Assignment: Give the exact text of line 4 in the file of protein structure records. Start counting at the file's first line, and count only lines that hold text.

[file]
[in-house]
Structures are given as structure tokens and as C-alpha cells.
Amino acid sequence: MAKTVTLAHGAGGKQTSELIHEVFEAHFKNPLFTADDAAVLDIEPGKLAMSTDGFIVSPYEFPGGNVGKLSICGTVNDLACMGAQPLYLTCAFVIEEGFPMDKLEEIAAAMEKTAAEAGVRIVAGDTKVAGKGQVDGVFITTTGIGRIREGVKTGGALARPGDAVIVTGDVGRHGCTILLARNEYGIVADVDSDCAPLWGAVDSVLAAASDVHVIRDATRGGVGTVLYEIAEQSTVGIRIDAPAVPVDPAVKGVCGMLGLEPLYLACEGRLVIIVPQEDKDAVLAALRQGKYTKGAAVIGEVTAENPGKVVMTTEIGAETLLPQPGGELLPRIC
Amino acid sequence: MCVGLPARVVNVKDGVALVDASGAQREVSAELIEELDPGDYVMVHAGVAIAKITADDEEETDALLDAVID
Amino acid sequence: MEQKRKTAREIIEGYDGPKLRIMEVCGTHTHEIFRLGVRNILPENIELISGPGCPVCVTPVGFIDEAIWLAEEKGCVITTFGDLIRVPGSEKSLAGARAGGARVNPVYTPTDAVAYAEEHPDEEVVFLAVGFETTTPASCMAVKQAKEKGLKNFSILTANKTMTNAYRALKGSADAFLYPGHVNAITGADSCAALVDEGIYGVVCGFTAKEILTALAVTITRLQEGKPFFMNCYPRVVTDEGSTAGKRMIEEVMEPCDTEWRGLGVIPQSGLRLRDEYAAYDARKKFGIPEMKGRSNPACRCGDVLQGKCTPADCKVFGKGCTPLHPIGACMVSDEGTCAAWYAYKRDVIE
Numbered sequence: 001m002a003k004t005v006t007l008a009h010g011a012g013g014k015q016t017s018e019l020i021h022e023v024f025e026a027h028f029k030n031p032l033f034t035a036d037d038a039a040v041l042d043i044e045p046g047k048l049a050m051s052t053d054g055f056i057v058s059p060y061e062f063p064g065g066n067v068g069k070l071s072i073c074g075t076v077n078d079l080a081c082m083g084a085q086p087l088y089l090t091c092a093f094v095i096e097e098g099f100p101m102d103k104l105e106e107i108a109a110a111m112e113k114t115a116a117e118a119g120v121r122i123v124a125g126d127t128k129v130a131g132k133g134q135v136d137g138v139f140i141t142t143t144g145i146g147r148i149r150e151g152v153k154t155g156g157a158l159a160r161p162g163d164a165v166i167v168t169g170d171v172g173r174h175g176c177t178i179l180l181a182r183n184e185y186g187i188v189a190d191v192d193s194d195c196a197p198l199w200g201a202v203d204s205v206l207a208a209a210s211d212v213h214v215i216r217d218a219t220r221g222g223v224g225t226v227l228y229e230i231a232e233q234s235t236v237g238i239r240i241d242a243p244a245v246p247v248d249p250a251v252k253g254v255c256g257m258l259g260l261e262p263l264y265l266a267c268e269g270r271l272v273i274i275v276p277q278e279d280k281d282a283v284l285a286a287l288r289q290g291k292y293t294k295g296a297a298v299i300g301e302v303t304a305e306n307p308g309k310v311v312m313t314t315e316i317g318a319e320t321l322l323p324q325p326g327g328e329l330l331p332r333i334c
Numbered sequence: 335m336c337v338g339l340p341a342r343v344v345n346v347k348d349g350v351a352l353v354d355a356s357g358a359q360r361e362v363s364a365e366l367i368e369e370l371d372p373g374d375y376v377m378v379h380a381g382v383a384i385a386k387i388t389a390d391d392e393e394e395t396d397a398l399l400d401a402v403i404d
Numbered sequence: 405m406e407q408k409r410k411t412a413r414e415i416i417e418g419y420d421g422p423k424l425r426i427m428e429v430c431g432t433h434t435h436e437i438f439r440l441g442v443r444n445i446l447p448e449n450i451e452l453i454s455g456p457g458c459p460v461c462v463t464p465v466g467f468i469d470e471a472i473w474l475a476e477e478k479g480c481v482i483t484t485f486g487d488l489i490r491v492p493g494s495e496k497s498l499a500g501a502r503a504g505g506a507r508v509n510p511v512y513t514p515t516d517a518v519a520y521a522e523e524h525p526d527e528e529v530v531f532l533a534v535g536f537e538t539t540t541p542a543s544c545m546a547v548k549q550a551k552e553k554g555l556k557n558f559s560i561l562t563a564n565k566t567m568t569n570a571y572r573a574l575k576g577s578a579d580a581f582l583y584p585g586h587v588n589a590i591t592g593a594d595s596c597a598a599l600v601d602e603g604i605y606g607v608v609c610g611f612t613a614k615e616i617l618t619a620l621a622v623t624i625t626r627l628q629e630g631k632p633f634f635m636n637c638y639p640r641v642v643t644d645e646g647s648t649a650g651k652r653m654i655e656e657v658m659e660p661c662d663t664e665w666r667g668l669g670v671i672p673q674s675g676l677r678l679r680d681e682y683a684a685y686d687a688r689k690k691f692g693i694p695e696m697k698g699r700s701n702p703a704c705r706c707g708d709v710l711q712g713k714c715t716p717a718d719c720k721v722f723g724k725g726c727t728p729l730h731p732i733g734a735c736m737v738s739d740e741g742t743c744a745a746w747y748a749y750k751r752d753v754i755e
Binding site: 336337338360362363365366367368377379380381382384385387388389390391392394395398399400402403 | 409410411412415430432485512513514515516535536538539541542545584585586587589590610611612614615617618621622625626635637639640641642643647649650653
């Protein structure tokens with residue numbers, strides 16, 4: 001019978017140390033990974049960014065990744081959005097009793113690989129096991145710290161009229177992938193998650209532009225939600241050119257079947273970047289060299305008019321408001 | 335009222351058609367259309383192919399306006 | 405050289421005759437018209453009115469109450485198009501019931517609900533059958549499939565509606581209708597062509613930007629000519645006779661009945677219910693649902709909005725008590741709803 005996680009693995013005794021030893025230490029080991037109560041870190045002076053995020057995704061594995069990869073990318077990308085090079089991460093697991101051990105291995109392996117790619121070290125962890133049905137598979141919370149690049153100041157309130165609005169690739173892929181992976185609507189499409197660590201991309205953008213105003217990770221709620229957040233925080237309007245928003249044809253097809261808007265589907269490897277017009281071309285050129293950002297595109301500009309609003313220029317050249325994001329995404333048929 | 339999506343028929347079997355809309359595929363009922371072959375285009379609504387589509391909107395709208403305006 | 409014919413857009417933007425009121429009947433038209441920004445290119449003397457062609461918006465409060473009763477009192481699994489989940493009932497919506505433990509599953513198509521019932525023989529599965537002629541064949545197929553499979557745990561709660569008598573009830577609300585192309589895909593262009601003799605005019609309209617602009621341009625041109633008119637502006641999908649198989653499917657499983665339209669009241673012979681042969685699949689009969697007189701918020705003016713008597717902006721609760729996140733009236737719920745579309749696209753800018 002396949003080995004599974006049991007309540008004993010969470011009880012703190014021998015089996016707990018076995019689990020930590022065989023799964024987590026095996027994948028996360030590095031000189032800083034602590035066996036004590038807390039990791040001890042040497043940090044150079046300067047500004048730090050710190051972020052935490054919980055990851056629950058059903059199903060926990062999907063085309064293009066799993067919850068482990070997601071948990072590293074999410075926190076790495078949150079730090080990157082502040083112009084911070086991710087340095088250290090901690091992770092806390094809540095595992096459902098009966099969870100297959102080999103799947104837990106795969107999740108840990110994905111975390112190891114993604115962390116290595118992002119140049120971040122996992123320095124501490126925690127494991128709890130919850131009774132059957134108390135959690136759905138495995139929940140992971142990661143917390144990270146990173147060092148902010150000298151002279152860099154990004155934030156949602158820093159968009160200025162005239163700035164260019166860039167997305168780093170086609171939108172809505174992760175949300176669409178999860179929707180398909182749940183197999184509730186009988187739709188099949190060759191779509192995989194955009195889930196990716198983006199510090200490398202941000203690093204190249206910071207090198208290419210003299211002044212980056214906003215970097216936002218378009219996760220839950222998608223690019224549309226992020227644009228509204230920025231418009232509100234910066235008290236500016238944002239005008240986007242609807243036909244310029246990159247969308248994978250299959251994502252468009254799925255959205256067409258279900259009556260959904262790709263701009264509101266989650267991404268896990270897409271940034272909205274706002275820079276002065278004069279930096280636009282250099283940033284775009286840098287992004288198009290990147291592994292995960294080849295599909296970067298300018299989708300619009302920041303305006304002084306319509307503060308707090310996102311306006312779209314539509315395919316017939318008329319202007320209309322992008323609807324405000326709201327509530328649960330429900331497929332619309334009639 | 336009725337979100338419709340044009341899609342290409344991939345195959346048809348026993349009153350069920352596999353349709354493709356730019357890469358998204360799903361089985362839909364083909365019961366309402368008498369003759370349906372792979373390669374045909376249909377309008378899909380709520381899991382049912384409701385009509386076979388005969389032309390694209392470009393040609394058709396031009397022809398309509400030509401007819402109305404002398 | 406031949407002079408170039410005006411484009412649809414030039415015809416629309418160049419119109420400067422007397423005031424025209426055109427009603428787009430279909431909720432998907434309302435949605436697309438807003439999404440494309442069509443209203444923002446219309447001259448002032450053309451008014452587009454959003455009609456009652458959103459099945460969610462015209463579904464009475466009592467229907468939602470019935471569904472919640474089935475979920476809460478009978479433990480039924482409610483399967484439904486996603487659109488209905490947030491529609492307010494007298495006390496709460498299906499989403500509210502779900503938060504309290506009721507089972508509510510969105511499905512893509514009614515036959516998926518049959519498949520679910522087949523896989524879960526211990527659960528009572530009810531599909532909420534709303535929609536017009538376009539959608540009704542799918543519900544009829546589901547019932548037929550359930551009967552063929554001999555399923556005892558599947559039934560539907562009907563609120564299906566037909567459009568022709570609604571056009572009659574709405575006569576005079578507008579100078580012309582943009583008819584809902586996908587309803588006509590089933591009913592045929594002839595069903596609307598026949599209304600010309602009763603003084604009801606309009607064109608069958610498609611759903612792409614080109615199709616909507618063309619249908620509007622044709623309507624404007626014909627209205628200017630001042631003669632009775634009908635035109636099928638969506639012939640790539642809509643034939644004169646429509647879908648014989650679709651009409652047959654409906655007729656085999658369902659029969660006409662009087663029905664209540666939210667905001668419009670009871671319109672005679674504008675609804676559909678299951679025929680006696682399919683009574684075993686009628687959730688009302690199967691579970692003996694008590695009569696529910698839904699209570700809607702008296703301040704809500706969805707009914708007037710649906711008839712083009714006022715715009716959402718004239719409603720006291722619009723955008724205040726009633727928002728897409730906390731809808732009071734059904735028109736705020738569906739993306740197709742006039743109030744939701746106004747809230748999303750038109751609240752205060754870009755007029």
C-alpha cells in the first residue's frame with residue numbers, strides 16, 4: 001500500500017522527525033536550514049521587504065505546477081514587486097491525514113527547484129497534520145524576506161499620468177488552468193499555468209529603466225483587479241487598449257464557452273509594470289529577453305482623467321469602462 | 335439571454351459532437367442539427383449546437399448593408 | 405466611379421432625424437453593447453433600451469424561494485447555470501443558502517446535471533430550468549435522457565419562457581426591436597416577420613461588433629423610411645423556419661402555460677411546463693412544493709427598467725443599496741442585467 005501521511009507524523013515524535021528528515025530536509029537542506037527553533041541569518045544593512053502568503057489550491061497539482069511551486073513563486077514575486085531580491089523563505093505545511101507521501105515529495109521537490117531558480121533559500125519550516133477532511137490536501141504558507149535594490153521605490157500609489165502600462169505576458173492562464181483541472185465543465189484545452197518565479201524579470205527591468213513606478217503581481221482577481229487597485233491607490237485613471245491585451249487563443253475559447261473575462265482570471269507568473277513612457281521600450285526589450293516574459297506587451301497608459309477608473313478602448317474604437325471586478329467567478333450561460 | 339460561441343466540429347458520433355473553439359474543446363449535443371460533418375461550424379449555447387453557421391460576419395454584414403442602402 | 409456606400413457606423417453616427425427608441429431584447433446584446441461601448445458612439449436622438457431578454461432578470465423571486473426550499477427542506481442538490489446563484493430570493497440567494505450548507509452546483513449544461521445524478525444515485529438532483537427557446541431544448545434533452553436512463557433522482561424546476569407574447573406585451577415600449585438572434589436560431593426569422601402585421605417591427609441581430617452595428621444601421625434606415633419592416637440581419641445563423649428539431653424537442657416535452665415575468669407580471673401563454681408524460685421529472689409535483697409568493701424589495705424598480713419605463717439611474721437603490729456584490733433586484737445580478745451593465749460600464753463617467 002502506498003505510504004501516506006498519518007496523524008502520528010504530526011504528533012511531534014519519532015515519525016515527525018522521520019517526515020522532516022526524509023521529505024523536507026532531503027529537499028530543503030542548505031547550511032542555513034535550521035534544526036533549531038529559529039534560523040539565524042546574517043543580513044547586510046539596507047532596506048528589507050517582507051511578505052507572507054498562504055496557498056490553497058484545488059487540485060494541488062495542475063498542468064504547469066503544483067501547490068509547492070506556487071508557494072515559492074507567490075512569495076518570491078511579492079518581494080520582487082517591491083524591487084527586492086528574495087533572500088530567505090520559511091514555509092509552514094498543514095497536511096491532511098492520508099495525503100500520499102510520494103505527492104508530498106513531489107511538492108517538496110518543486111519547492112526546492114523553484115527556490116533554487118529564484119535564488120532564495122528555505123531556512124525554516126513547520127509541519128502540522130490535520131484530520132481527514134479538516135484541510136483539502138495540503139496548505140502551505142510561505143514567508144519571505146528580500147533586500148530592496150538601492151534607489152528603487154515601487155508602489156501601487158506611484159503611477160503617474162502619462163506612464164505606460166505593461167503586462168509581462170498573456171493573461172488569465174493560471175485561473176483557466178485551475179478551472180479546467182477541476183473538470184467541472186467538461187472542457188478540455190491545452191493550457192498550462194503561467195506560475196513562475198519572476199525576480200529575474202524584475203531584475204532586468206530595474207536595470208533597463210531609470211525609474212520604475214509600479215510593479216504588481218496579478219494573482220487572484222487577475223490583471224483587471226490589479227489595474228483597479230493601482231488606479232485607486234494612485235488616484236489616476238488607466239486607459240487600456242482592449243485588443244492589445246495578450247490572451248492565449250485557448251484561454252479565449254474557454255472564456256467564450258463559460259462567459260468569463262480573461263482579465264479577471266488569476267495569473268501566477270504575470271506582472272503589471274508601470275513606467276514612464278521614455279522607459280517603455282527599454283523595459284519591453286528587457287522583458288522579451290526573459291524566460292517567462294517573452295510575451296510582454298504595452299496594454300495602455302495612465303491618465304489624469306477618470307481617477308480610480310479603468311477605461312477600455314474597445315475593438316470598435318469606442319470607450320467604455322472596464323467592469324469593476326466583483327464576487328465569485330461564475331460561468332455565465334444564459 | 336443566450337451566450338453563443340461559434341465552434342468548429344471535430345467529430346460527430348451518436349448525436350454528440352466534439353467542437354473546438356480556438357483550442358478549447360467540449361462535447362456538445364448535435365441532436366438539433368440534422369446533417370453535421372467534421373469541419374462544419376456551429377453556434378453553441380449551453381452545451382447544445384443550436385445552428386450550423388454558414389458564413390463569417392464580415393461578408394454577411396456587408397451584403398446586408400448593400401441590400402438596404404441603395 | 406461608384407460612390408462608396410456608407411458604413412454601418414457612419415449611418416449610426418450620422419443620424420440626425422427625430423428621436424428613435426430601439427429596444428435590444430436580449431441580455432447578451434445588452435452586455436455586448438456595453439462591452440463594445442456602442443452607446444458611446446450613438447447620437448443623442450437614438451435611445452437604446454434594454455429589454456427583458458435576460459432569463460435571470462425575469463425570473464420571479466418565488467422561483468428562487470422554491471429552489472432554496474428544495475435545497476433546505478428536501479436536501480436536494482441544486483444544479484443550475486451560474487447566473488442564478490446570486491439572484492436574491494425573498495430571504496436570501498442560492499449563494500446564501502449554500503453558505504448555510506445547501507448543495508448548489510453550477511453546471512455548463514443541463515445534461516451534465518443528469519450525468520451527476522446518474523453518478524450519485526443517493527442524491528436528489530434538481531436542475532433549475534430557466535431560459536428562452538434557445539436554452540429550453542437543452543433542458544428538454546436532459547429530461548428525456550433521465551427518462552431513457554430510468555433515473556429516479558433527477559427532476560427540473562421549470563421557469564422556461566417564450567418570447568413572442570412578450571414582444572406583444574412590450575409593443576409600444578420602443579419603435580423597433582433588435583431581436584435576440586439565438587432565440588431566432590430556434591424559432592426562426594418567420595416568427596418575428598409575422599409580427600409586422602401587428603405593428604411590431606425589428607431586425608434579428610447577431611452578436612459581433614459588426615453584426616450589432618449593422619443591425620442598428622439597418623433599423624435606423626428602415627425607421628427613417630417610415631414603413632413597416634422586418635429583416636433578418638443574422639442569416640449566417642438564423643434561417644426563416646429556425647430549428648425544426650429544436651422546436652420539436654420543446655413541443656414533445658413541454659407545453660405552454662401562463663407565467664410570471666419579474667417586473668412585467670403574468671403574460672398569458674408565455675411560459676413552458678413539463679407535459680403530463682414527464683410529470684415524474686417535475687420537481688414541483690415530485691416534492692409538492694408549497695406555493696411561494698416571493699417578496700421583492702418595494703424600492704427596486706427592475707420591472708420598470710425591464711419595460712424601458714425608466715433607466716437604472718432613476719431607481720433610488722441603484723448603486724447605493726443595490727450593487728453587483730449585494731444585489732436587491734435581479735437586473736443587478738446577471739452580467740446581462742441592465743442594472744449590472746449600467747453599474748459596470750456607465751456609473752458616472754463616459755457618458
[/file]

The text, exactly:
Amino acid sequence: MCVGLPARVVNVKDGVALVDASGAQREVSAELIEELDPGDYVMVHAGVAIAKITADDEEETDALLDAVID